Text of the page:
All Systems Go? San Diego Mayor’s 2020 budget to include La Jolla Maintenance Assessment District (MAD)

For more details about Enhance La Jolla and the Maintenance Assessment District (MAD) plans, visit

For more details about Enhance La Jolla and the Maintenance Assessment District (MAD) plans, visit


When San Diego Mayor Kevin Faulconer issues his proposed budget for Fiscal Year 2020, assessments for the La Jolla Maintenance Assessment District (MAD) are reportedly going to be in it.

“Along with all City of San Diego MADs (there are currently 55 with their boundaries listed at staff will be requesting that the La Jolla MAD annual report be approved for FY 2020 along with anticipated revenues and expenditures,” said City spokesperson Anna Vacchi.

“If approved by City Resolution during the FY 2020 budget approval hearing, it’s anticipated the City will enroll all MAD assessments — including La Jolla’s — to the County prior to Aug. 10, 2019.”

The timeline

Volume one of the Mayor’s budget is released in April with proposed figures, and the City’s Independent Budget Analyst reviews the first draft and then issues a preliminary report in late April.


In May, City Council members hold budget hearings to gather input from residents. Soon after, the Mayor releases his revision and the Independent Budget Analyst issues budget recommendations. In June, the adopted budget is established.

Should the Mayor’s budget be approved with the La Jolla MAD, the assessment schedule will be submitted to the County by Aug. 10, and the County will mail the assessments with the property tax bills around late September 2019.

“The assessments are due to the County in two installments — the first is due by Dec. 10, 2019 and second by April 10, 2020. The County then transfers the assessments to the City,” Vacchi explained.

The funds

The La Jolla MAD assessments will be approximately $87 annually for most residents within the District boundaries and fees for District businesses are based on the footprint of the building.


The MAD would generate approximately a half-million dollars annually for maintenance in The Village.

The La Jolla-based group Enhance La Jolla would manage the MAD with authority to 1) “enhance” City-provided services including landscape maintenance, street and sidewalk cleaning, litter and graffiti abatement, plus additional trash collection and 2) privately fund and complete capital improvement projects in public spaces, such as upgrade trash cans, install benches, augment signage, make park improvements, increase public art and plant tree canopies on main thoroughfares.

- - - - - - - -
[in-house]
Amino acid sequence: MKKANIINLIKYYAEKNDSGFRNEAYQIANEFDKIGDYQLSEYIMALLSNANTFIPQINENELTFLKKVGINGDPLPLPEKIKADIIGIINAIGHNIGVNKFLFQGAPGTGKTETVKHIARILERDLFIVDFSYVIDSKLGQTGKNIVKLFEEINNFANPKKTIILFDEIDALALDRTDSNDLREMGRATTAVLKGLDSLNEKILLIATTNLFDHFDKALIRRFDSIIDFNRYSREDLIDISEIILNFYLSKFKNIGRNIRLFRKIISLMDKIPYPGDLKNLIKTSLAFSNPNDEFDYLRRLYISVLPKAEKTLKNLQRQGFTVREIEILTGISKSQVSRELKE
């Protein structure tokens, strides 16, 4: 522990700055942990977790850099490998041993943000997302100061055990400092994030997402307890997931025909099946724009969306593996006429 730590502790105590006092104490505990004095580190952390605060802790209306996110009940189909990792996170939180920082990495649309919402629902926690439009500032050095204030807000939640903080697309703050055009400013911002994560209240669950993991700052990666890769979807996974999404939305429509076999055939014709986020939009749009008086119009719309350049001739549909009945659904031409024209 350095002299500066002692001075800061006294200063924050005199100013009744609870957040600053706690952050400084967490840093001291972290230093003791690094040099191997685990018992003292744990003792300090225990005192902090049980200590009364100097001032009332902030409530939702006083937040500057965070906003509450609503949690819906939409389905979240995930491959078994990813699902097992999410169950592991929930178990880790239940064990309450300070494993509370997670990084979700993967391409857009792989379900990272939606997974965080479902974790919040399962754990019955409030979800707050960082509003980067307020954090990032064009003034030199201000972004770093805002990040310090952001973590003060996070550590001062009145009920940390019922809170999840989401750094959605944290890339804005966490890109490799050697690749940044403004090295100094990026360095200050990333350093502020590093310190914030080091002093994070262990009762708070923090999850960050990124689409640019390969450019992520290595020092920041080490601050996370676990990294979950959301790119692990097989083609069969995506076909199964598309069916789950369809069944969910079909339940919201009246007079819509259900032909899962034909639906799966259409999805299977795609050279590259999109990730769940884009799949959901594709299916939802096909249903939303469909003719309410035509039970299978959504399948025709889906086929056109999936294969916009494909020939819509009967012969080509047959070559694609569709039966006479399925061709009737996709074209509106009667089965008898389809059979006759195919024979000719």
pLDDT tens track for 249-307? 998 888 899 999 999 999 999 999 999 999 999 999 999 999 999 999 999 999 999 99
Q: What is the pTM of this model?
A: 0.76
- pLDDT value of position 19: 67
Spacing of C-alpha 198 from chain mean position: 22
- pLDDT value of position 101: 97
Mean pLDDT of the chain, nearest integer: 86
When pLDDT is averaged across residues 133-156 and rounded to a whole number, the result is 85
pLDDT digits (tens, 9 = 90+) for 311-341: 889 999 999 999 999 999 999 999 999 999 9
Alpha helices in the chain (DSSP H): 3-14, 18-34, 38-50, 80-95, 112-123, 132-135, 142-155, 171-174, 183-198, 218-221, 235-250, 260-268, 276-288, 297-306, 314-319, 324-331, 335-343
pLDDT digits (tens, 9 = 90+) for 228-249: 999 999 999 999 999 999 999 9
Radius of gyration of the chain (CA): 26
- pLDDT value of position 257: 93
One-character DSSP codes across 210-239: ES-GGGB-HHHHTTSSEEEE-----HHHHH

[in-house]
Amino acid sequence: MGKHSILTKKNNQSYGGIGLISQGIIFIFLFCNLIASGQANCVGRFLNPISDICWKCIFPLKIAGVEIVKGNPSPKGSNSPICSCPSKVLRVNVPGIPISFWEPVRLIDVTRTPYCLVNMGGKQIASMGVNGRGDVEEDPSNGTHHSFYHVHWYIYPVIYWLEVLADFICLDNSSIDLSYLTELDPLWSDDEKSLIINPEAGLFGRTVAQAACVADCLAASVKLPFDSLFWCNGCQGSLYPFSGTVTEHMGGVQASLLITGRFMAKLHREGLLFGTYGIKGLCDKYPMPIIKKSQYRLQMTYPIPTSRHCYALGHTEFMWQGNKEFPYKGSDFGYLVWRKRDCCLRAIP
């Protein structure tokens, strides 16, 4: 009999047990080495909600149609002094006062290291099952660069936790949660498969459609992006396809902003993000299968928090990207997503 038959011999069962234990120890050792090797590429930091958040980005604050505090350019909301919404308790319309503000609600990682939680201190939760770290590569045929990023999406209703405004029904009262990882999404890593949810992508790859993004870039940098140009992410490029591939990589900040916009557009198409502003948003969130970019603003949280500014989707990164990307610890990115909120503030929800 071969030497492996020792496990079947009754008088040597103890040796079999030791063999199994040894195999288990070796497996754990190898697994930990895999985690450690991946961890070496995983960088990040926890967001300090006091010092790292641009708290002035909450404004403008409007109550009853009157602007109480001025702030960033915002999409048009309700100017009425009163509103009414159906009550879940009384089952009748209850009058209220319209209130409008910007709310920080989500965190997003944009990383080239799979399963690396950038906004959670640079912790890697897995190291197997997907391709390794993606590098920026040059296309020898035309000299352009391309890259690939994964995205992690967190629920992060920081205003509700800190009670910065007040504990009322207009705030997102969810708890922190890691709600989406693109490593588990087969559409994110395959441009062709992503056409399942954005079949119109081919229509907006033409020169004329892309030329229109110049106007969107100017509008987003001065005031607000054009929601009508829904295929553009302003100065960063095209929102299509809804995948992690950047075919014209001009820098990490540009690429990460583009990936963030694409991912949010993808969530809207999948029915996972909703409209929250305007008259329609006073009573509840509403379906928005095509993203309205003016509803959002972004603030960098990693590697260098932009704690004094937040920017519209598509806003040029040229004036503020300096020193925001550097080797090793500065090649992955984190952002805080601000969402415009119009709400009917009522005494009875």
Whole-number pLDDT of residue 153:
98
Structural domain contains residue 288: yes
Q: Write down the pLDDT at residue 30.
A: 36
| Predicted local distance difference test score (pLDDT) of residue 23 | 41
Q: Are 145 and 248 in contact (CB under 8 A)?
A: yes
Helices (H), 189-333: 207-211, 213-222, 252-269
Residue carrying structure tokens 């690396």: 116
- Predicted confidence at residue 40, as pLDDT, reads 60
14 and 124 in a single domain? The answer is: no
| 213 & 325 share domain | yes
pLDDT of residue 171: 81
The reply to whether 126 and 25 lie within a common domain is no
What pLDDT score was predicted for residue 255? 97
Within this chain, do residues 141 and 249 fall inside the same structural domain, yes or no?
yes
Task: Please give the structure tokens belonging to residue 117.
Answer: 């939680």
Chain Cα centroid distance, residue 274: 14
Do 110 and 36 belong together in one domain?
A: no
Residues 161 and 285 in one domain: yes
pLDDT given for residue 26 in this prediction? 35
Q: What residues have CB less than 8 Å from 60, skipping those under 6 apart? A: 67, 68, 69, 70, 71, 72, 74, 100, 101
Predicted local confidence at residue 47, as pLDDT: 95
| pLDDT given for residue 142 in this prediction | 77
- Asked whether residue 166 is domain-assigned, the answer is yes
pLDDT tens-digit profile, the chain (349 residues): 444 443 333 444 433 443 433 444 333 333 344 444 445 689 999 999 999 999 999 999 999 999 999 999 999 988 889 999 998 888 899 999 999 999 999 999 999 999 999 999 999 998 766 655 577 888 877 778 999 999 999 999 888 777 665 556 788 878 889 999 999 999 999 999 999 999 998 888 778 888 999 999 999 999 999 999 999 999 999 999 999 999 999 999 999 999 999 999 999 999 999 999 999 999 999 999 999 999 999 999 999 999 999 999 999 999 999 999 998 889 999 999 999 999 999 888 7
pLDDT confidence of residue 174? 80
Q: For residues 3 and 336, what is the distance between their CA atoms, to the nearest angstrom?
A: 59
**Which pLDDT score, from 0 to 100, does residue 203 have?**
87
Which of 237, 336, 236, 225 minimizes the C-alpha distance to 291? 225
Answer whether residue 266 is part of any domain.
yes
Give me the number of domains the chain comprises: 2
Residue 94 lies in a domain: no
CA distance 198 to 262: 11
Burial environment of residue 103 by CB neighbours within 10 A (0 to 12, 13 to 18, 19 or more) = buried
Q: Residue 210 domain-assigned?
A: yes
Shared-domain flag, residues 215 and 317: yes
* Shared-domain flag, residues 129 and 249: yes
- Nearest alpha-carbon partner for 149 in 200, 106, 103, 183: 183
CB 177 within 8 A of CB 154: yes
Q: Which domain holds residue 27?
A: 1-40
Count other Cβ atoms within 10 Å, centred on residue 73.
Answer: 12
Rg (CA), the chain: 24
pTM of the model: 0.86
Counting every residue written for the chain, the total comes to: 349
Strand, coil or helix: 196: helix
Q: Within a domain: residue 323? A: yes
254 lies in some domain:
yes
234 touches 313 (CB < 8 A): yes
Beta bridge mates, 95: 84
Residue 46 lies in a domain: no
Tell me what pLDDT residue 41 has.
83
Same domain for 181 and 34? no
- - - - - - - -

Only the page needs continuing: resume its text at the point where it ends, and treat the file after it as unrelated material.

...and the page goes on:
The first services will be funded through the assessments collected, and the second through private donations.

Enhance La Jolla president Ed Witt said of the recent development: “I’m very excited and happy that we’re finally moving forward so we can improve the La Jolla Maintenance Assessment District. This will provide us with the necessary tools to begin to enhance the District and create a better environment for business and property owners within La Jolla. I speak for everyone on the board when I say we appreciate the Mayor doing this and the City Attorney’s office for recommending this. We will be ready to go as soon as the City forwards us the funds!”

The projects

In the meantime, Enhance La Jolla can collect private donations to execute projects to benefit the community. The board met at La Jolla Library in early March to discuss upcoming projects. The first two — the creation of an overall streetscape plan for The Village (pricetag $75,000) and the installation of La Jolla-branded bike racks throughout town (pricetag TBD) — have been funded by the La Jolla Community Foundation.

A MAD is a legal mechanism by which property owners can vote to assess themselves to pay and receive services above-and-beyond what the City normally provides. The MAD for La Jolla was approved by a majority (weighted by property size and type) of the commercial and residential property owners within its boundaries in November 2016.

Soon after the MAD was passed, the La Jolla Benefits Association LLC was formed, and it filed a lawsuit challenging the MAD’s legality on the grounds that services the MAD would provide are services the City should be carrying out, such as additional trash collection, litter abatement, graffiti control, landscape maintenance and power-washing sidewalks.

After legal back-and-forth, San Diego Superior Court Judge Randa Trapp ruled the MAD could proceed.


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